My husband Peter spent Christmas working up a scheme for the two sites to house 5-7 units, to make the most of the site.
He was also formulating a proposal to convince the church that, rather than sell off the ‘family silver’ to fund philanthropic ‘mission’, community housing was, in fact, a mission purpose in itself, and could even be framed to support the work of the church locally.
The Diocese however was in the process of drawing up a scheme for maximising the number of units on both sites. It would obtain a valuation and then take the site to auction. We knew that any private sale bid would have to be 10% above the valuation, as before, but this time for the combined sites.
The Diocese Development Manager tried to tell me we no longer stood a chance. Our unique position was our potential to work with the council at a later stage to develop their plot. Now that the church and council were already working together our position was irrelevant. Only a charity would have a chance of purchasing the plot for less than market value. The Charity commission demanded best price though.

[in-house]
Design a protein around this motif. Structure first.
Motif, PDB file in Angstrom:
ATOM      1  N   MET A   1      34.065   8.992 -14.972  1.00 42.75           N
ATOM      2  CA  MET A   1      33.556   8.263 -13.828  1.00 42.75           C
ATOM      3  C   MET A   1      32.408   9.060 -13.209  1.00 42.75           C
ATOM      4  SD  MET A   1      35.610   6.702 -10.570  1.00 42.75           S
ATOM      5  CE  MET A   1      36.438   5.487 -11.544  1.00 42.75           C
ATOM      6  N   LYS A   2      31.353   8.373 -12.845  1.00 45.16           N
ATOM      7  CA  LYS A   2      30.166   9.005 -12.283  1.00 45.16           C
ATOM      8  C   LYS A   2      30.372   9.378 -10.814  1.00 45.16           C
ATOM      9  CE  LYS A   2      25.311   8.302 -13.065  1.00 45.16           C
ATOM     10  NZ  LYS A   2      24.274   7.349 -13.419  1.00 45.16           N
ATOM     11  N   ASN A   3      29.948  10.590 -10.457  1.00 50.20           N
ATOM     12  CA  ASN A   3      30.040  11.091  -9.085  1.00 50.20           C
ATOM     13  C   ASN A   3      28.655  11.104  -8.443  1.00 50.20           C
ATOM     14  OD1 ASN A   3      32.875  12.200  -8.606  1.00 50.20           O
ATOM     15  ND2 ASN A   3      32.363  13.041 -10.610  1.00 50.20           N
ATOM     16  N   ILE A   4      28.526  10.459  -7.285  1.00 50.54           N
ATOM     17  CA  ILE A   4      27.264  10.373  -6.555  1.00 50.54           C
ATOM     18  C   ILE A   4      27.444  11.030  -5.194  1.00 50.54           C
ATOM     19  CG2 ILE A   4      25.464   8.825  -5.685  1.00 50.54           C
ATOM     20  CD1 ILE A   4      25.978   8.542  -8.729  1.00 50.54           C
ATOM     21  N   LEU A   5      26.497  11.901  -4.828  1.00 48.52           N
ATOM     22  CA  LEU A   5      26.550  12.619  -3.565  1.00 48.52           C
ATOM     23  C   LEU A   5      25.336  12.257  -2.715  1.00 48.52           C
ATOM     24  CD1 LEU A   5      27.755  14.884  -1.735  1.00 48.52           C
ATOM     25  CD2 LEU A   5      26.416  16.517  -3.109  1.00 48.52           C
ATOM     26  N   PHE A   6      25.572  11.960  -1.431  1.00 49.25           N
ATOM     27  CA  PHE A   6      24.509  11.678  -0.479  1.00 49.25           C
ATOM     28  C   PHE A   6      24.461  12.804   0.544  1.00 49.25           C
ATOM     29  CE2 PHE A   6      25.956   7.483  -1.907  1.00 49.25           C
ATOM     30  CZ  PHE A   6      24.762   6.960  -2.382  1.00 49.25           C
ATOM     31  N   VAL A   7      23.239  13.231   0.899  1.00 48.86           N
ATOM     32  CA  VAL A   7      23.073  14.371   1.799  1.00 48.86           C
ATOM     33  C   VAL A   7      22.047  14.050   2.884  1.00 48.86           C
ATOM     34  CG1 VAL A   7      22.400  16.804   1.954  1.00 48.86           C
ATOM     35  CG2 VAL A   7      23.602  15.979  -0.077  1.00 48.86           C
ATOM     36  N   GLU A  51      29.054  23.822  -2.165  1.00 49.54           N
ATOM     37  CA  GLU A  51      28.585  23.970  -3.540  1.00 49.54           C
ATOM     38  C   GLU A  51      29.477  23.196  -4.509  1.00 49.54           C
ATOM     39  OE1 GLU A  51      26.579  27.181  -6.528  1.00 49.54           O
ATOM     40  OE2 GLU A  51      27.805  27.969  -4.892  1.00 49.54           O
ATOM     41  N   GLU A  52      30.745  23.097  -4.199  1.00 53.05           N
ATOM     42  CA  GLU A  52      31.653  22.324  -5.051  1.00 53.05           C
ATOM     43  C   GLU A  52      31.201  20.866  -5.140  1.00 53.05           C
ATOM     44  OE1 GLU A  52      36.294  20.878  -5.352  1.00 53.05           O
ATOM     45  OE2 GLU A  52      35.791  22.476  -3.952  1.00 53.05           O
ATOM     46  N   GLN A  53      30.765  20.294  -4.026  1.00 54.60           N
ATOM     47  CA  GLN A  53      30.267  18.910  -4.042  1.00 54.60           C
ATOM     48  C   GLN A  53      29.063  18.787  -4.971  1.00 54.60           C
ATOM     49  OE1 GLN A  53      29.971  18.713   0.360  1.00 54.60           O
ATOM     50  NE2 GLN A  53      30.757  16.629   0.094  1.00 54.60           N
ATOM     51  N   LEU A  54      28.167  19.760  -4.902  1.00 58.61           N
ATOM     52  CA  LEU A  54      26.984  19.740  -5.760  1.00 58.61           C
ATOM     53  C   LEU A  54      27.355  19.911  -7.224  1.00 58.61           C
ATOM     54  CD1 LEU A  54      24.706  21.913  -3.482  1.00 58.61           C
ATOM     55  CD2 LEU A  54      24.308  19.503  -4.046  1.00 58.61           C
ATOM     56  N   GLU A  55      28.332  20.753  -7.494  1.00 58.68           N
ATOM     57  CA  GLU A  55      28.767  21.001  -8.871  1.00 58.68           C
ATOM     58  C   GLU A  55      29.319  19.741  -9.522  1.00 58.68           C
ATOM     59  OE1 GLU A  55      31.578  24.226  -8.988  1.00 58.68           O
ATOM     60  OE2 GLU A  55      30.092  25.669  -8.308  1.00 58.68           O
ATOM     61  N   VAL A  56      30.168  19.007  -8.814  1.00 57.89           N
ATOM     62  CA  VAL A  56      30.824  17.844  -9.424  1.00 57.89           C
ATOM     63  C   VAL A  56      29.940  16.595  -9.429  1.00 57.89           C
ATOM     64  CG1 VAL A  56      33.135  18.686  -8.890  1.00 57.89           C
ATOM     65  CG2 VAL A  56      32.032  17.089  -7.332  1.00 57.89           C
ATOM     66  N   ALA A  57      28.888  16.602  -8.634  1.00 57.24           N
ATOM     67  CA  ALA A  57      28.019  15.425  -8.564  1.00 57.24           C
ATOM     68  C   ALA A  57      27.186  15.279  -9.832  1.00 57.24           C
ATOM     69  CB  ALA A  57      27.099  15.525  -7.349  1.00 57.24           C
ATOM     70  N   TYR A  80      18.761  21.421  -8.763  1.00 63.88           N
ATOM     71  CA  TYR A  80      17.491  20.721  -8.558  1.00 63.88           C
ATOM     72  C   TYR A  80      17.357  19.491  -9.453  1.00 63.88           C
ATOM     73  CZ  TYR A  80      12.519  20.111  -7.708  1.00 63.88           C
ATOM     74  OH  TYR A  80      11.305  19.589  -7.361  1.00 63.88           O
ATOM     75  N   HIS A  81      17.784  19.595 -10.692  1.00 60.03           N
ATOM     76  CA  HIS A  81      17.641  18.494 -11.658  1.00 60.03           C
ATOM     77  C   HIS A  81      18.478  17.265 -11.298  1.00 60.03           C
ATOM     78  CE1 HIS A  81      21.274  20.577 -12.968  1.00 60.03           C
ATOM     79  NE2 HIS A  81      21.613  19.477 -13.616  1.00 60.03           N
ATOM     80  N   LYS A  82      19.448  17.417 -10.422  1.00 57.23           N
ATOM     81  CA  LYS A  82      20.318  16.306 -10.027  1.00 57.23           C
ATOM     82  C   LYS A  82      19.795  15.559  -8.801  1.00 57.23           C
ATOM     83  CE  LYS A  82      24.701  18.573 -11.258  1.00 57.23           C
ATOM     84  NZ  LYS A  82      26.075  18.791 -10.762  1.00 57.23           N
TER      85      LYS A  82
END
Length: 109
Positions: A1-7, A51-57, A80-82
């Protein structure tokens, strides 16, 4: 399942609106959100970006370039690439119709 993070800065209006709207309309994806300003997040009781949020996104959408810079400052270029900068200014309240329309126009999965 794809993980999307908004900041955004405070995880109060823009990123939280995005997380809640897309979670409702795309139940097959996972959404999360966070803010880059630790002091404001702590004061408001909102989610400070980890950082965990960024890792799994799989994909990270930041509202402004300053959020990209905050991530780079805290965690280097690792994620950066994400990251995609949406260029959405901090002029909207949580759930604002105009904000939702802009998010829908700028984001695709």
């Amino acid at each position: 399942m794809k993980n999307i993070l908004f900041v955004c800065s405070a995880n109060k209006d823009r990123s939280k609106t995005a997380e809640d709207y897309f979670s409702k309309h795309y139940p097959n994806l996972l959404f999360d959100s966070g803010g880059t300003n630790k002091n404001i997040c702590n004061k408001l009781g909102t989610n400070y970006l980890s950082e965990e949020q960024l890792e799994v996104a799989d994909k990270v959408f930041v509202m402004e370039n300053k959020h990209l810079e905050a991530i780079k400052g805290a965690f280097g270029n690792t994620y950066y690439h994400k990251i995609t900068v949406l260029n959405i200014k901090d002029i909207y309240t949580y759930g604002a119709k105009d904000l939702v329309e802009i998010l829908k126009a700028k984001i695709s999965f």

However, for some reason I did not feel uncomfortable, saying that, “Nothing is impossible….”
I had further conversations with the Council Property Disposals manager who was happy to share the plans being drawn up with the Church, but his position was similar: ‘best price’ needed to be achieved. We would have the same chance as others to compete for the scheme.